My alma mater has been known to revoke the degrees of students who committed other honor violations that were not caught until after they graduated.
There was a case several years ago where a student embezzled funds from a campus organization for which he was the treasurer and didn’t get caught until the next year, when the club’s new president noticed some discrepancies in the books. The university revoked the guy’s degree.
Here’s an excerpt from a judicial opinion that addresses the issue. Note the following language:
- “Because degree revocation is reasonably necessary to … regulate student discipline, that power must be implied, giving the Board the authority to revoke a degree….”
- “Academic degrees are a university’s certification to the world at large of the recipient’s educational achievement and fulfillment of the institution’s standards. To hold that a university may never withdraw a degree effectively requires the university to continue making a false certification to the public at large of the accomplishment of persons who in fact lack the very qualifications that are certified.”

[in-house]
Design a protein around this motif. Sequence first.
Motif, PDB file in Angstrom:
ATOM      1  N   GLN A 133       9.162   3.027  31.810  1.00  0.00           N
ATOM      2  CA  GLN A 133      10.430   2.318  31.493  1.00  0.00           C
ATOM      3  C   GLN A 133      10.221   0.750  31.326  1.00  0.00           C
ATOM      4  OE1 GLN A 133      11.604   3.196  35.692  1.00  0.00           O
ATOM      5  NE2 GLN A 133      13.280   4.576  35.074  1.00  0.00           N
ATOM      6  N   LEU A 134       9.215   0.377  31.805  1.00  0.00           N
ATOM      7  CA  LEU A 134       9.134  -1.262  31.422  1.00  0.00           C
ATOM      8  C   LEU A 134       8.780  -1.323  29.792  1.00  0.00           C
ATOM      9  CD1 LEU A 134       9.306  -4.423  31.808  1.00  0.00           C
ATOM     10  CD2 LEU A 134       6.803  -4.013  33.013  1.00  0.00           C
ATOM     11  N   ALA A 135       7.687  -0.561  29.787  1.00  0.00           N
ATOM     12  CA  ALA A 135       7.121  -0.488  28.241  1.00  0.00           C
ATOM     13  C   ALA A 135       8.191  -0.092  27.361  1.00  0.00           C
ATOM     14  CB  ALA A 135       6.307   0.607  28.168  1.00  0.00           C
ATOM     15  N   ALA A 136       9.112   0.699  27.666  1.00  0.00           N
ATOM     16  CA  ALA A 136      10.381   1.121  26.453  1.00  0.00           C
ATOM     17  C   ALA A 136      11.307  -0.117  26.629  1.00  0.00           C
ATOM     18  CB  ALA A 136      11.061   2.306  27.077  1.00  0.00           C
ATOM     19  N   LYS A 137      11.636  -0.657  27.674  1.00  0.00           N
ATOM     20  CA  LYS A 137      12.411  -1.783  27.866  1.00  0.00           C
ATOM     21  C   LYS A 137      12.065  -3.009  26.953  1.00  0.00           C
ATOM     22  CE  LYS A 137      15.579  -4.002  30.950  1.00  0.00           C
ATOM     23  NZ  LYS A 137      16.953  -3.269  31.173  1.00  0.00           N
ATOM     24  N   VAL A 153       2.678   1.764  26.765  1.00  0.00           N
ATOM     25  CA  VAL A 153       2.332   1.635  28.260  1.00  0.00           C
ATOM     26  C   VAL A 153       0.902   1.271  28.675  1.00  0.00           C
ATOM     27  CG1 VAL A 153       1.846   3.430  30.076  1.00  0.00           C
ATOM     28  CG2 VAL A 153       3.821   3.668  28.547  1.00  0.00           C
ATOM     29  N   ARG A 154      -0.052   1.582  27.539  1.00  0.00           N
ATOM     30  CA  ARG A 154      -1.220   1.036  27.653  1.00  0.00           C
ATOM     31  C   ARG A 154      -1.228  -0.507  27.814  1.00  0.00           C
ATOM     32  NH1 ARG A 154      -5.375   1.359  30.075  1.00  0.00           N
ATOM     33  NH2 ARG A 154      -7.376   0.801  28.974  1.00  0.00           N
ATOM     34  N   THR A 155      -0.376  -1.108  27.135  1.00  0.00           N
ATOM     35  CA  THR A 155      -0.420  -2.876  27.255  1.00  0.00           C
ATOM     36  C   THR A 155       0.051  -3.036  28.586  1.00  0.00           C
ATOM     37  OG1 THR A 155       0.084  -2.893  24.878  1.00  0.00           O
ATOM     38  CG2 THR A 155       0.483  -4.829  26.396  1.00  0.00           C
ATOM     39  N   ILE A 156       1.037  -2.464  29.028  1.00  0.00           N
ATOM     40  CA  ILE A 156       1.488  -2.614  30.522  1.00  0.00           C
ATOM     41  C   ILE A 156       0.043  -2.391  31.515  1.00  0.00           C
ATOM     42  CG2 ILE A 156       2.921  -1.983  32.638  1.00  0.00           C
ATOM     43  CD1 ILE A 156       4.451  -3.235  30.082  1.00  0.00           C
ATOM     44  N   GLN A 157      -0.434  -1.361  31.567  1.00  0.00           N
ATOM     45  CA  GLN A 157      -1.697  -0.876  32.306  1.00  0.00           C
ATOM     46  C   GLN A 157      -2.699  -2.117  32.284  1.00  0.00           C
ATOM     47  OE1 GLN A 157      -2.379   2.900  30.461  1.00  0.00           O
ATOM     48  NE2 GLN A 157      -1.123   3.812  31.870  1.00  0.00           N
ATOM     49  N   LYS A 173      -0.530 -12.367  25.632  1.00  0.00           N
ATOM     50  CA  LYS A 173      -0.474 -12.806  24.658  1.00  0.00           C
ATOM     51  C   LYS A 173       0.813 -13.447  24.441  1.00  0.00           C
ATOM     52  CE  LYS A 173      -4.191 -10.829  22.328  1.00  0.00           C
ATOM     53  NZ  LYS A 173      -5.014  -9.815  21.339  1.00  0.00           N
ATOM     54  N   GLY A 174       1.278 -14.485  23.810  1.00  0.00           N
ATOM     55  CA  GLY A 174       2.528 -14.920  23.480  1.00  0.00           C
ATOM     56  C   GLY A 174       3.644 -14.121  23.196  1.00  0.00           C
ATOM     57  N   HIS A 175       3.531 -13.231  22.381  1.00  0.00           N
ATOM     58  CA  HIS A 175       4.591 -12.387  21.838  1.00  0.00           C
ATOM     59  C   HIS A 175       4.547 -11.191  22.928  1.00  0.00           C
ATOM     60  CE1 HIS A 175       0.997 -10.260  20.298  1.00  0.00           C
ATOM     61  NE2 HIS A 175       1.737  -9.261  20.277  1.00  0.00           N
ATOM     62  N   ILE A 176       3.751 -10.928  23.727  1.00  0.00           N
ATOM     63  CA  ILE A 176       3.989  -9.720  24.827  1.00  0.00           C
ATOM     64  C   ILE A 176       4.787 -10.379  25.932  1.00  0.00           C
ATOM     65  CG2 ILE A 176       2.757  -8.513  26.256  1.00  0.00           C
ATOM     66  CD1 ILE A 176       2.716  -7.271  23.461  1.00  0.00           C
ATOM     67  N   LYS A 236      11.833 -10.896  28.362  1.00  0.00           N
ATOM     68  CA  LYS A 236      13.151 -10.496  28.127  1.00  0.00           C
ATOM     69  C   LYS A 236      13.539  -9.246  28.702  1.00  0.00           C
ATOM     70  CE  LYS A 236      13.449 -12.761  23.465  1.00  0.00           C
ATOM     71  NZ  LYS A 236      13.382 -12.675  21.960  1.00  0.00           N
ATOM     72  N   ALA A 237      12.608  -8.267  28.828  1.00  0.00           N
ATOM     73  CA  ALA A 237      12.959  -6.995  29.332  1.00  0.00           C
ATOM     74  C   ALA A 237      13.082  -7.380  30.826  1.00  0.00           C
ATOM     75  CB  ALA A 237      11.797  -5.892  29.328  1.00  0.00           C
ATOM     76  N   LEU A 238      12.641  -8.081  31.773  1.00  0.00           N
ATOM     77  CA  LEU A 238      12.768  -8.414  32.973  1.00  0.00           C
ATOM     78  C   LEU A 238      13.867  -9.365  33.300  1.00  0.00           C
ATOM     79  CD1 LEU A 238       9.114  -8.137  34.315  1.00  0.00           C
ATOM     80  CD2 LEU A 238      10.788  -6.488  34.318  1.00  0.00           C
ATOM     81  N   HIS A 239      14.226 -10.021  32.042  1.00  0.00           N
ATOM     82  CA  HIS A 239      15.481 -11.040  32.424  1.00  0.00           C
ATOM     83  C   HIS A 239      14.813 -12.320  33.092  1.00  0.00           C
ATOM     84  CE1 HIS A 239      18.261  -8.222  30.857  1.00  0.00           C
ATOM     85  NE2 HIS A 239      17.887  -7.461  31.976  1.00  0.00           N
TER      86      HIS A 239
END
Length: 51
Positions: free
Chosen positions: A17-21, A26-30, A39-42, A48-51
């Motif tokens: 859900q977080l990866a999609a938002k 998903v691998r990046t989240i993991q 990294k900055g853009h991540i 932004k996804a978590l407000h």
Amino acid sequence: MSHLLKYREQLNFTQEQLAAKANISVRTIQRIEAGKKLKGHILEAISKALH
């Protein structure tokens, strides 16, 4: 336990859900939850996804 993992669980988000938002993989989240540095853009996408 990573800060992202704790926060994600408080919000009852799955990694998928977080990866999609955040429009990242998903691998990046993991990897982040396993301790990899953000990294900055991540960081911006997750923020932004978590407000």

- “Without question one of the ‘institutional standards’ of the University of Virginia is compliance with the Honor system; thus, the University must have the implied power … to revoke the degree of a student who has violated the Honor System while at the University.”
[Note: The white rectangles in the text above are all case citations. In-line citation is customary in legal writing but it can drive you up the wall if you’re not accustomed to it so I blocked the case citations out in the interest of improving readability.]